“A people’s cultural level at any time does not, therefore, provide a standard for measuring the quality of the state in which it lives. It is easily understandable that a people highly endowed with culture offers a more valuable picture than a Negro tribe; nevertheless, the state organism of the former, viewed according to its fulfillment of purpose, can be inferior to that of the Negro. Though the best state and the best state form are not able to extract from a people abilities which are simply lacking and never did exist, a bad state is assuredly able to kill originally existing abilities by permitting or even promoting the destruction of the racial culture-bearer.” – Adolf Hitler, Mein Kampf

“But in addition to the material wear and tear, a machine also undergoes what we might call a moral depreciation. It loses exchange-value, either because machines of the same sort are being produced more cheaply than it was, or because better machines are entering competition with it. In both cases, however young and full of life the machine may be, its value is no longer determined by the necessary labor-time objectified in it, but by the labor-time necessary to reproduce either it or the better machine. It has therefore been devalued to a greater or lesser extent. The shorter the period taken to reproduce its total value, the less is the danger of moral depreciation; and the longer the working day, the shorter that period in fact is. When machinery is first introduced into a branch of production, new methods of reproducing it more cheaply follow blow upon blow, and so do improvements which relate not only to individual parts and details of the machine, but also to its whole construction. It is therefore in the early days of a machine’s life that this special incentive to the prolongation of the working day makes itself felt most acutely.” – Karl Marx, Capital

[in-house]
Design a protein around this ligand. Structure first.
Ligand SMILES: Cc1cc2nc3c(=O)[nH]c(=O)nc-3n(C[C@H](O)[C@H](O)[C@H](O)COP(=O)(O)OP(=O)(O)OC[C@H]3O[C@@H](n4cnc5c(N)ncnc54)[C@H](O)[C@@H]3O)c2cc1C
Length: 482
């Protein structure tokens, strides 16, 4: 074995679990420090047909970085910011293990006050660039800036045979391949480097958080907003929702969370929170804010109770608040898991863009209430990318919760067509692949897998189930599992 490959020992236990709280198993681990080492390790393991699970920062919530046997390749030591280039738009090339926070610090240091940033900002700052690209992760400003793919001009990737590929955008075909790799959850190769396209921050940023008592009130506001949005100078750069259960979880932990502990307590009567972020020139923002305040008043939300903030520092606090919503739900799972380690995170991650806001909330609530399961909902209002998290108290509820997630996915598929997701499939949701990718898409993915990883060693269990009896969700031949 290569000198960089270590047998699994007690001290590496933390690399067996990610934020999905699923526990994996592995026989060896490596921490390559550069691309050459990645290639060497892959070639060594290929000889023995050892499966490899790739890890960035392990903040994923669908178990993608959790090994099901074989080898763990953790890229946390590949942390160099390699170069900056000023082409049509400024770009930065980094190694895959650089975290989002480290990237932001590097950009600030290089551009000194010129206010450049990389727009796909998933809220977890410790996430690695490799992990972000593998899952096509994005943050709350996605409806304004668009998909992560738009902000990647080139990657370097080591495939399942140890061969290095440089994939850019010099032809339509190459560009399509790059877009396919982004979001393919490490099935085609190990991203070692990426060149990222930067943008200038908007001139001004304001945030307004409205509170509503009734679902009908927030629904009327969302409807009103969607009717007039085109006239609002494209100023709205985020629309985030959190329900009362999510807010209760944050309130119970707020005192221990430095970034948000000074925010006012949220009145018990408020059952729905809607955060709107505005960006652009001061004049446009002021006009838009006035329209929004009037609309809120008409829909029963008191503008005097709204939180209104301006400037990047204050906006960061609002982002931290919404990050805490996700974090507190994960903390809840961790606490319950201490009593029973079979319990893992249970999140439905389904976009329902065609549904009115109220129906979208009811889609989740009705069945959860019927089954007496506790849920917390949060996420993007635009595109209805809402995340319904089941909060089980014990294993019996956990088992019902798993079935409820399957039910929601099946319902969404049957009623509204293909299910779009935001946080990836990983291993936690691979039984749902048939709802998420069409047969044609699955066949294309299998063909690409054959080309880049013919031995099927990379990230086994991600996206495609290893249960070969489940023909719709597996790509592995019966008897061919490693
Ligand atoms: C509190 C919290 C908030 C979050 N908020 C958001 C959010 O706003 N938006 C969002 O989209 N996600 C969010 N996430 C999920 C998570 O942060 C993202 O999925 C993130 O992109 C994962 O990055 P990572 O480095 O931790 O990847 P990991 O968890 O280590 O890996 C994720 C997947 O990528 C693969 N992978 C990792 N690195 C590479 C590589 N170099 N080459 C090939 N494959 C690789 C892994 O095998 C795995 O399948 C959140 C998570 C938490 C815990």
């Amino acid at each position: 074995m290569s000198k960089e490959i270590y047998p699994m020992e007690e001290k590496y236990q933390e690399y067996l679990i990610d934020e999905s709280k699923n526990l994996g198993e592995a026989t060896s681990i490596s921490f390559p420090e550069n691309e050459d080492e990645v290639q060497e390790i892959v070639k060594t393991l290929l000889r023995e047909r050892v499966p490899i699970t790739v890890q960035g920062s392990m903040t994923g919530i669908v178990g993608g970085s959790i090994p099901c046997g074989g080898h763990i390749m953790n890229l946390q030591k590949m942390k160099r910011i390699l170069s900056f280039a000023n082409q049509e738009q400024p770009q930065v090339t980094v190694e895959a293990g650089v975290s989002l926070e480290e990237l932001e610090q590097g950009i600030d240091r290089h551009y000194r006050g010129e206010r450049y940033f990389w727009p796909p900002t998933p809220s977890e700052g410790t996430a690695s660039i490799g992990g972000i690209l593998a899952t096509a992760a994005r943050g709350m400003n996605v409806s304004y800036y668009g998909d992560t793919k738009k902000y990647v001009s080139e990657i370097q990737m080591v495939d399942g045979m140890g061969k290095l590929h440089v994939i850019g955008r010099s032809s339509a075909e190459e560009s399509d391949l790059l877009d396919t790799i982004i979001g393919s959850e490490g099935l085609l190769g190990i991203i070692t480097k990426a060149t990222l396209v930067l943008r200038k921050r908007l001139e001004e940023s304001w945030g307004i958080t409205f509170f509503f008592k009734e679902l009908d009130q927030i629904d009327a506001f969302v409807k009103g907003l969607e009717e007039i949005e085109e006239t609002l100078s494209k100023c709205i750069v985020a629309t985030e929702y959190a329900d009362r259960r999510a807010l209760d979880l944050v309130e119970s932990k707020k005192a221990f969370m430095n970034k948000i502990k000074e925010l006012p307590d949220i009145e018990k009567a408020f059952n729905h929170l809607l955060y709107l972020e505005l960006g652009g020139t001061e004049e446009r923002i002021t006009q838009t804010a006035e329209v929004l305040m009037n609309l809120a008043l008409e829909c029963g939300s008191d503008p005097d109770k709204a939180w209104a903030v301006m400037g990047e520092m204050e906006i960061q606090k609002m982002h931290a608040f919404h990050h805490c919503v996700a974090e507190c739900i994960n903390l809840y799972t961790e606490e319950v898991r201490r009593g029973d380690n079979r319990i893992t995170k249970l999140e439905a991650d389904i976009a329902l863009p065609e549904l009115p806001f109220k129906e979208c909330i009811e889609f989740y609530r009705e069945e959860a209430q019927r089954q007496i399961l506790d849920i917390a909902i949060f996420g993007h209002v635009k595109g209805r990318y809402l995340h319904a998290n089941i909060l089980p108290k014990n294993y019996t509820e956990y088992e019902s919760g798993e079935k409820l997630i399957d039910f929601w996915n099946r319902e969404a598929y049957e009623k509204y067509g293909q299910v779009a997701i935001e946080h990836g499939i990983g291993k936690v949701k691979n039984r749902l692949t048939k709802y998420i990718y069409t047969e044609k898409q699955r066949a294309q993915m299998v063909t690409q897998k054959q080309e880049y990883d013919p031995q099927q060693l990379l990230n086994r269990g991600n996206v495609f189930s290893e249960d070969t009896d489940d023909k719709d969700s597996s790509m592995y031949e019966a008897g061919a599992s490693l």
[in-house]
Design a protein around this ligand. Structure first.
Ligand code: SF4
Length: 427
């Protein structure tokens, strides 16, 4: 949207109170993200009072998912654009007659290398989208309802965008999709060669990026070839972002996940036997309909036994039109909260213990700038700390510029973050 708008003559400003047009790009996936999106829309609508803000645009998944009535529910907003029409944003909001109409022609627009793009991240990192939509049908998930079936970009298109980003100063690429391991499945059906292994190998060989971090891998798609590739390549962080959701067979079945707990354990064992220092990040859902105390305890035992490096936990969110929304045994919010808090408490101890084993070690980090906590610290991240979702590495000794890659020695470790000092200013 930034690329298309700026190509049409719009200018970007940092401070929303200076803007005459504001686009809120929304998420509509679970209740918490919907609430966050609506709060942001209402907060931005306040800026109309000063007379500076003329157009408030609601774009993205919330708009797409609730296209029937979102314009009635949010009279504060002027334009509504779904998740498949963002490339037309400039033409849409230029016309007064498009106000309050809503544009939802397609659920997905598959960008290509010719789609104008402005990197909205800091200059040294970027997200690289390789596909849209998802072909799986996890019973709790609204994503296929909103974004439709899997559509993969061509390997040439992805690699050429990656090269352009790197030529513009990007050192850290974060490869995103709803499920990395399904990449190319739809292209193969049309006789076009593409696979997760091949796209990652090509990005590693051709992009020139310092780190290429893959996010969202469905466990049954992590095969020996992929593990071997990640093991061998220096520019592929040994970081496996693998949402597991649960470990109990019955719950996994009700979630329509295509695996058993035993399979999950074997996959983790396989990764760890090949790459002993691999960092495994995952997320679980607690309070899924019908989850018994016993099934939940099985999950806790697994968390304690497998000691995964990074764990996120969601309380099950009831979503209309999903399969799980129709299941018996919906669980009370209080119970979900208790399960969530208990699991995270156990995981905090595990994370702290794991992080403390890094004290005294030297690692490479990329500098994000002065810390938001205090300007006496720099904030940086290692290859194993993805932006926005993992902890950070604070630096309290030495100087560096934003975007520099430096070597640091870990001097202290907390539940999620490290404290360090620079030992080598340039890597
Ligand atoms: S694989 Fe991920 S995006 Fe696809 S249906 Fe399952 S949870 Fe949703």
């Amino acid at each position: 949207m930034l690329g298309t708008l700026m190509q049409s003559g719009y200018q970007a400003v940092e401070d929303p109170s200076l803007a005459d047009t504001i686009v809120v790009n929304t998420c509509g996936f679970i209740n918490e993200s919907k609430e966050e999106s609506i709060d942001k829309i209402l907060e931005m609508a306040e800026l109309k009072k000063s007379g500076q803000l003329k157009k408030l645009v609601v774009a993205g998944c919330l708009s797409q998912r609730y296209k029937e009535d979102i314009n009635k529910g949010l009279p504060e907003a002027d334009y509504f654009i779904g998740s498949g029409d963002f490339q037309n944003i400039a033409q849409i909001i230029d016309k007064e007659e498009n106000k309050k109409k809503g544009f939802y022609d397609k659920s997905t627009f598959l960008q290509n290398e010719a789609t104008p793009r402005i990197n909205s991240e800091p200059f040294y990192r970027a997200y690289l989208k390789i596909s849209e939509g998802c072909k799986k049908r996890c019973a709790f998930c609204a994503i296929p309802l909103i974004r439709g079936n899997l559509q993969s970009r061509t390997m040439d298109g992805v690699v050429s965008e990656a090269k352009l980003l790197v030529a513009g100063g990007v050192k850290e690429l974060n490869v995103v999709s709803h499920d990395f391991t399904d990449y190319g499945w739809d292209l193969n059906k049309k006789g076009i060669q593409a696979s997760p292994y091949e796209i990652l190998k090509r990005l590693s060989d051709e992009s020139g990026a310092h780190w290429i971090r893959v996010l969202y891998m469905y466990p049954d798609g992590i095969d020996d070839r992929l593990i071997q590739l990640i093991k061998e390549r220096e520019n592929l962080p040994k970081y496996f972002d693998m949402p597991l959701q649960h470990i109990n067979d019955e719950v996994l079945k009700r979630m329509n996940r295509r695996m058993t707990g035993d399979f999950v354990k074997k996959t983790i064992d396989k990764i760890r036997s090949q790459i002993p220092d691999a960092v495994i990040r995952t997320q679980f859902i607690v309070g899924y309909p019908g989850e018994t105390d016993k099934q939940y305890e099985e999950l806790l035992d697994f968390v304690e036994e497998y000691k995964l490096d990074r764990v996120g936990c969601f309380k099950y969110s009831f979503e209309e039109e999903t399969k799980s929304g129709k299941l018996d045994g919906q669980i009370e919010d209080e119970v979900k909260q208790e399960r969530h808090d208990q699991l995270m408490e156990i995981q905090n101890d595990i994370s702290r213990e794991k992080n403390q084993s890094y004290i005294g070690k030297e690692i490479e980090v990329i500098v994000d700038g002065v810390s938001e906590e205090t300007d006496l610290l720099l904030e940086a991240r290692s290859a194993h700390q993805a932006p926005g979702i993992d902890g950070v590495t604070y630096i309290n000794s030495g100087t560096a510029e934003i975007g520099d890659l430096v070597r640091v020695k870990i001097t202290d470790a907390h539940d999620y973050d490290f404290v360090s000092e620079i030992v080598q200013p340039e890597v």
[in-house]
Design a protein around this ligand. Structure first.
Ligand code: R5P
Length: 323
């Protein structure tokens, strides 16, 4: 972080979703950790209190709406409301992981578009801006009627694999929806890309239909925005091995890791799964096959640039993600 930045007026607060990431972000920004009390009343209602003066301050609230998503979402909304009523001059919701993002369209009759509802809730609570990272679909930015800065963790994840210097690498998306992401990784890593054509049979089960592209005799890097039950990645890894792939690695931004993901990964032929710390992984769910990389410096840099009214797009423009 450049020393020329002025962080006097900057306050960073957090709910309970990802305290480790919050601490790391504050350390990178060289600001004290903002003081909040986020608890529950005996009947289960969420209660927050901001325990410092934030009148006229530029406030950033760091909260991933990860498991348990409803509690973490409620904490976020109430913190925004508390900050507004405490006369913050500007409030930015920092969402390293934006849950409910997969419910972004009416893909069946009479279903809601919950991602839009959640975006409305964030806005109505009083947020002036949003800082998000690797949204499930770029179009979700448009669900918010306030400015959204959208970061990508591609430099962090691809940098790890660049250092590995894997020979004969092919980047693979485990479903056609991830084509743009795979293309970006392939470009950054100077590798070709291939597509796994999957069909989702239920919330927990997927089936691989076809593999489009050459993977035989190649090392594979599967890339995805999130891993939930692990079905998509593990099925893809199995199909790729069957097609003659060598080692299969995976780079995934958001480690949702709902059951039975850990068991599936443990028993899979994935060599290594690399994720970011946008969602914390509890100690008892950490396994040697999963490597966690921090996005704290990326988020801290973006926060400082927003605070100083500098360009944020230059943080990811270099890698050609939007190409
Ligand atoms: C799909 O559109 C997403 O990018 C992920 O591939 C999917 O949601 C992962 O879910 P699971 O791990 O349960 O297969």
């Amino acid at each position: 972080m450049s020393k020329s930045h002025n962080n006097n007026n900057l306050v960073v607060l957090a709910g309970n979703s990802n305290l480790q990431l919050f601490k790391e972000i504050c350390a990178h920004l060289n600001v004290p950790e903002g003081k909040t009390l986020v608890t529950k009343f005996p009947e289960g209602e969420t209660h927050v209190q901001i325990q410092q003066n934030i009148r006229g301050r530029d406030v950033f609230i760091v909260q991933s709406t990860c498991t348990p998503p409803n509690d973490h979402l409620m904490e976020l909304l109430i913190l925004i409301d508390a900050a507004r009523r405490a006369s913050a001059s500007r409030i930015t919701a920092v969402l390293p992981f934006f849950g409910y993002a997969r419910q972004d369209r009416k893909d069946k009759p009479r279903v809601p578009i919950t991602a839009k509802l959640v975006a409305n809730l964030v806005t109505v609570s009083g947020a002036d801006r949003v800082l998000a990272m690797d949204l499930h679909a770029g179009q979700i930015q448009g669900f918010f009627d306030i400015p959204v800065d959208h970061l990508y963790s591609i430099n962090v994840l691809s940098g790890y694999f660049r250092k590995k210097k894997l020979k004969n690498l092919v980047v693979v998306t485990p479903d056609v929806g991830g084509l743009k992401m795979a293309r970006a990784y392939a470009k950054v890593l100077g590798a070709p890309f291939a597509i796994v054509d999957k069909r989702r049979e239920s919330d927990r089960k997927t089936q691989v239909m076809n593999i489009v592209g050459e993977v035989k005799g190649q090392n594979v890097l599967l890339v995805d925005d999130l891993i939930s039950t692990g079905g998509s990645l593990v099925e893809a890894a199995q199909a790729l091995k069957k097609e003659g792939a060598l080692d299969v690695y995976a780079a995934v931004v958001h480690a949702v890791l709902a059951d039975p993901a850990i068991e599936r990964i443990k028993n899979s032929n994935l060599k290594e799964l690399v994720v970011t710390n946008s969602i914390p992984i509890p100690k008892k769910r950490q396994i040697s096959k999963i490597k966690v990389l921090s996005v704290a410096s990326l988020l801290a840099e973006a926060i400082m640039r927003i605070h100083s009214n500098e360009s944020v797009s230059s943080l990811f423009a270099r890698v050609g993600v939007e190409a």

“These words are erroneous and mistaken, for we have already proved that there are two kinds of existence: one in the nature of which there is motion and which cannot be separated from time; the other in the nature of which there is no motion and which is eternal and cannot be described in terms of time. The first is known by the senses and by reason; the existence of the second – in the nature of which there is neither motion nor change – is known by proof to everyone who acknowledges that each motion needs a mover and each effect a cause, and that the causes which move each other do not regress infinitely, but end in a first cause which is absolutely unmoved.” – Averroes, The Incoherence of the Incoherence

“It is not free competition that is keeping these improvements locked up, but that form of monopoly known as property in ideas. As the expert points out, as soon as the patent expires and competition arrives, the improvements will be brought to light.” – Benjamin Tucker, Instead of a Book